So why did I have to tell my new computer and new email system a dozen times that Facebook posts of various types were not spam before I could get it to stop throwing them all in my spam folder.
This raises the issue of server-side, vs. client-side filtering (particularly in the context of spam filtering).
My earlier post addressed the server-side of things only. Once you get past any anti-spam protections and filtering a particular ISP may provide at the server level, your mail is in the end-user’s INBOX (this is in all caps for a reason.) If the end-user views their email via a web interface (how most users of Gmail, Yahoo!, Hotmail read their mail) there’s not much more you (as a sender) need to worry about. All of these services allow users to configure their own filters, to automatically shunt mail that meets user-defined criteria to other folders. These can include filters that send certain types of mail to the junk folder, such as all mail from a certain email address or domain, or any mail with certain words or specific combinations of words in the subject or body of the message.
Those using an email program on their computer, such as Microsoft Outlook, Microsoft Live Mail (formerly Microsoft Outlook Express), Thunderbird, Apple Mail, The Bat, etc, are a different matter. These programs, typically called Mail User Agents (MUAs) by mail administrators, allow the end-user to download mail from their INBOX on the mail server directly to their computer, where they typically read the mail, then either delete it or manually move it to folders inside the program. All of these MUAs include their own spam filters. These days these filters typically use what is known as “Bayesian filtering“. While the specifics of Bayesian filtering are beyond my ability to explain (see the link to Wikipedia), and I don’t understand the mathematics behind it myself, this essentially boils down to a filter that examines various aspects of the email to calculate the probability that the email is spam. If it calculates that the probability that the message is spam is above a certain threshold determined by the creators of the program, the program will move the message to the junk folder. These are usually called ‘learning’ filters as well. Almost all of these programs have a button the user can click while viewing the mail to tell the system that the message is spam. The message is usually moved to the junk folder, and the program remembers that the user said that message was spam. In the future, when a message that looks very similar to it arrives, the Bayesian filter will increase the probability that the message is spam. If it sees enough similar messages arrive that the user has indicated are spam, eventually it will figure out the messages are spam on its own and automatically toss them into the junk folder.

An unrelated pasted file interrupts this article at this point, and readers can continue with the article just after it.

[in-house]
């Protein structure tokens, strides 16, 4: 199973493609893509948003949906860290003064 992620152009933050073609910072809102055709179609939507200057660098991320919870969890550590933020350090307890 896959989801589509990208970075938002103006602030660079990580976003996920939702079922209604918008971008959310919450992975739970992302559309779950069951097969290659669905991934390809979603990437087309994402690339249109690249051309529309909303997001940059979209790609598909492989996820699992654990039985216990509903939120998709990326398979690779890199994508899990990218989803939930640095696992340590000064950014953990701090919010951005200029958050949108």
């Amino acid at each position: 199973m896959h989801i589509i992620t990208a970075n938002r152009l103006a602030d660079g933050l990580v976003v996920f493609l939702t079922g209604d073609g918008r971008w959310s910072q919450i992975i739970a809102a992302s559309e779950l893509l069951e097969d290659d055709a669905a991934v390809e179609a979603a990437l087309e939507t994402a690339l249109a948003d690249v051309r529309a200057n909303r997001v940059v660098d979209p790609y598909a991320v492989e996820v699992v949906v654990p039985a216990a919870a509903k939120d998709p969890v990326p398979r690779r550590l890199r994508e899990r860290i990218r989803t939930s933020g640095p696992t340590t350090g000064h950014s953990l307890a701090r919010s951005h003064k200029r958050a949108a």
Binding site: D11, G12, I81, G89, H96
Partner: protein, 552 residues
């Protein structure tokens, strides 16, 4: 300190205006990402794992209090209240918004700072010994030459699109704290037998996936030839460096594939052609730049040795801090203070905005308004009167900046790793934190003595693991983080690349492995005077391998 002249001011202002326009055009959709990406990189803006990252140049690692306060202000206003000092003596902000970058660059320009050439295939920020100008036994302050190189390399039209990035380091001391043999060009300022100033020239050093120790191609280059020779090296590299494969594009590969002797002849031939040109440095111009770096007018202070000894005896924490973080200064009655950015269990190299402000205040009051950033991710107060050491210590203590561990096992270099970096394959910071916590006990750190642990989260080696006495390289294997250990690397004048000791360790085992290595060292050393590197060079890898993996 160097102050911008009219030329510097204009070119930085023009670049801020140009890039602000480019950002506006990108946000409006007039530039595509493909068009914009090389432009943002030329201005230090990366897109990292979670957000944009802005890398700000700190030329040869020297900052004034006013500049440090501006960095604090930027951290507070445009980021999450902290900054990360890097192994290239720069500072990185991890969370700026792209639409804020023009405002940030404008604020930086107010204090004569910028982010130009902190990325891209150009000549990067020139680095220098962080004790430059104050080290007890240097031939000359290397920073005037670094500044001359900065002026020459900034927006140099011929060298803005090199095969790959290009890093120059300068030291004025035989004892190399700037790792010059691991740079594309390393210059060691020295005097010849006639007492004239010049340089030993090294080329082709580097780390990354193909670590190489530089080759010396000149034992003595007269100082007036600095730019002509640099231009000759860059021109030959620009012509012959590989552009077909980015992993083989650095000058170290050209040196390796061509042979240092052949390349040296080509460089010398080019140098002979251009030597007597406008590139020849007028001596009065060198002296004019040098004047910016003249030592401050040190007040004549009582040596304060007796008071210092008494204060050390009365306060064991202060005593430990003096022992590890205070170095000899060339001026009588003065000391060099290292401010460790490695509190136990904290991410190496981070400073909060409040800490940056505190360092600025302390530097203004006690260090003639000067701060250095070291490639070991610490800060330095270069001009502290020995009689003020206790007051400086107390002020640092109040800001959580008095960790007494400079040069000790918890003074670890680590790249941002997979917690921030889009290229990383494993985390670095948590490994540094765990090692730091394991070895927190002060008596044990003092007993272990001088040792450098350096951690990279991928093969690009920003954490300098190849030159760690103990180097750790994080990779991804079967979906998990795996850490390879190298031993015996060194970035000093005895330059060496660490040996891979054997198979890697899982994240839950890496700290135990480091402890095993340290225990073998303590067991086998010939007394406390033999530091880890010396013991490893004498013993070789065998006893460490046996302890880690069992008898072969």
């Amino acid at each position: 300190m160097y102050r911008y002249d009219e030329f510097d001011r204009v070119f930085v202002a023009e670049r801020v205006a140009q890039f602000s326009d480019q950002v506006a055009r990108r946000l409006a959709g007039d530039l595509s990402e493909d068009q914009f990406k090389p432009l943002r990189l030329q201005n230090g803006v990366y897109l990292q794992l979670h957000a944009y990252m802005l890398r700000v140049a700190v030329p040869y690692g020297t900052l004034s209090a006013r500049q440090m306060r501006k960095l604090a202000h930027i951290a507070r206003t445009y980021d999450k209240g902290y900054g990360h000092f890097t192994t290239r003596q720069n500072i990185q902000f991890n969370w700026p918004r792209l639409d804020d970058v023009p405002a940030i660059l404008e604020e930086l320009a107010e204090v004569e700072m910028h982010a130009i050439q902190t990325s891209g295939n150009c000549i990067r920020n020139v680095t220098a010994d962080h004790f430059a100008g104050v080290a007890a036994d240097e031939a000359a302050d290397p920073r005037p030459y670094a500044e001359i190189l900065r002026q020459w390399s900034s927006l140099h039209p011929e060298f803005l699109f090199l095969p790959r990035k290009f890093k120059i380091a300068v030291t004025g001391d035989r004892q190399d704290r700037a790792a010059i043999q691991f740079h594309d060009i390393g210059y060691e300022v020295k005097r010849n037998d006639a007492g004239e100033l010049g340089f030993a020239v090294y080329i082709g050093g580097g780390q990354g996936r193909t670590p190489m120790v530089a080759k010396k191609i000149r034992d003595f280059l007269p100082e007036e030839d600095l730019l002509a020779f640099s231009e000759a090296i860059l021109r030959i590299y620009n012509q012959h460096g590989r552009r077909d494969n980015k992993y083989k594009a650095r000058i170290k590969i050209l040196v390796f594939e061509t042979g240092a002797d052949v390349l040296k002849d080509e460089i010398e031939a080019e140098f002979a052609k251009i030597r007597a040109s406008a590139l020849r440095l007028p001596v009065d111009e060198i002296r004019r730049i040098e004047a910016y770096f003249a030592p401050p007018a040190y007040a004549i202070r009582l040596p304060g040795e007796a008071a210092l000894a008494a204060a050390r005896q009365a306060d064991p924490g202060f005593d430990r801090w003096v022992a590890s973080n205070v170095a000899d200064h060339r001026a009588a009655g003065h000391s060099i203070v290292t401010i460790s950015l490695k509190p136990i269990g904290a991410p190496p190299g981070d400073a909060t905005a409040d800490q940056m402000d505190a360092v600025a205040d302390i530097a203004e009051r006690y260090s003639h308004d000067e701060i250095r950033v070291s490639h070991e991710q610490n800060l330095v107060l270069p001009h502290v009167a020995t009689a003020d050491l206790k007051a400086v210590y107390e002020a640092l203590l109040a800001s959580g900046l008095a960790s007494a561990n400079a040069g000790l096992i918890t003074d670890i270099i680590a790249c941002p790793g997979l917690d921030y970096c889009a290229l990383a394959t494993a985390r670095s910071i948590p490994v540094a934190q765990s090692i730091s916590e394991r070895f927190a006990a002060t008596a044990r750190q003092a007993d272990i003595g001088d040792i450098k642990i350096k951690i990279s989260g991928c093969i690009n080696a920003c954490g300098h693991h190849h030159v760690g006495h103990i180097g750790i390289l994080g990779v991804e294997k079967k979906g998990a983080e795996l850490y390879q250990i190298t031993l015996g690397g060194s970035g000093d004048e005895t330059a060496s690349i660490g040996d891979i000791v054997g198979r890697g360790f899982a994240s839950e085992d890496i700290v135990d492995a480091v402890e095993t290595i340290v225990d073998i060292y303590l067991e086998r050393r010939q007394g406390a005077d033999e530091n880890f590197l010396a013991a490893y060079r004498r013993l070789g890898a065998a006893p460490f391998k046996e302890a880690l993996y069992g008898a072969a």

The reverse is also true, and hence where we circle back around and address the reader’s question: Sometimes it makes a “false positive” decision, throwing something that isn’t spam into the junk folder. If the user checks their junk folder and finds mail they don’t consider spam, they can then move it out of the junk folder back into their Inbox (or other folder), or they may have another “This is not spam” button to click. Either way, the Bayesian filter examines the message and adjusts accordingly. In both cases, it “learns” what is, and is not, spam. Over time (in theory) the filter gets smarter and smarter, making ever more refined decisions about what is spam and what isn’t.
In this case, the reader is dealing with a brand new computer, with a fresh install of Microsoft Outlook. Thus the spam filters built into Outlook are set to their factory defaults and hasn’t yet “learned” anything more than it’s already been programmed. Facebook notifications, apparently, look very much like spam to the filters, so it tosses them in the junk folder. As the user kept finding these desired messages in the junk folder and moved them out, it eventually learned messages from Facebook are OK and stops tossing them to the junk folder. It can be frustrating at first, when mail you expect to see in your mailbox and think is clearly not spam keeps ending up in the junk folder, but eventually it “gets it” and stops putting throwing your desired mail away.
Note that all of these MUAs also allow the end-user to define their own filtering rules, just like on the web-based interfaces. These filters include the ability to throw matching email in the Junk folder, so even if the Bayesian filter never does figure out that mail from “firstname.lastname@example.org” on it’s own, you can still throw it away automatically.
Also note that the bulk of the mail filtering rules the big ISPs mentioned above use on the server are, in fact, Bayesian. They just have a LOT of “corpus” to work with to “teach” their filters, so they tend to be REALLY smart. There’s just only so much (current) computer intelligence can do.
1Full disclosure: this was my mother, as comment on the cross-post to Facebook.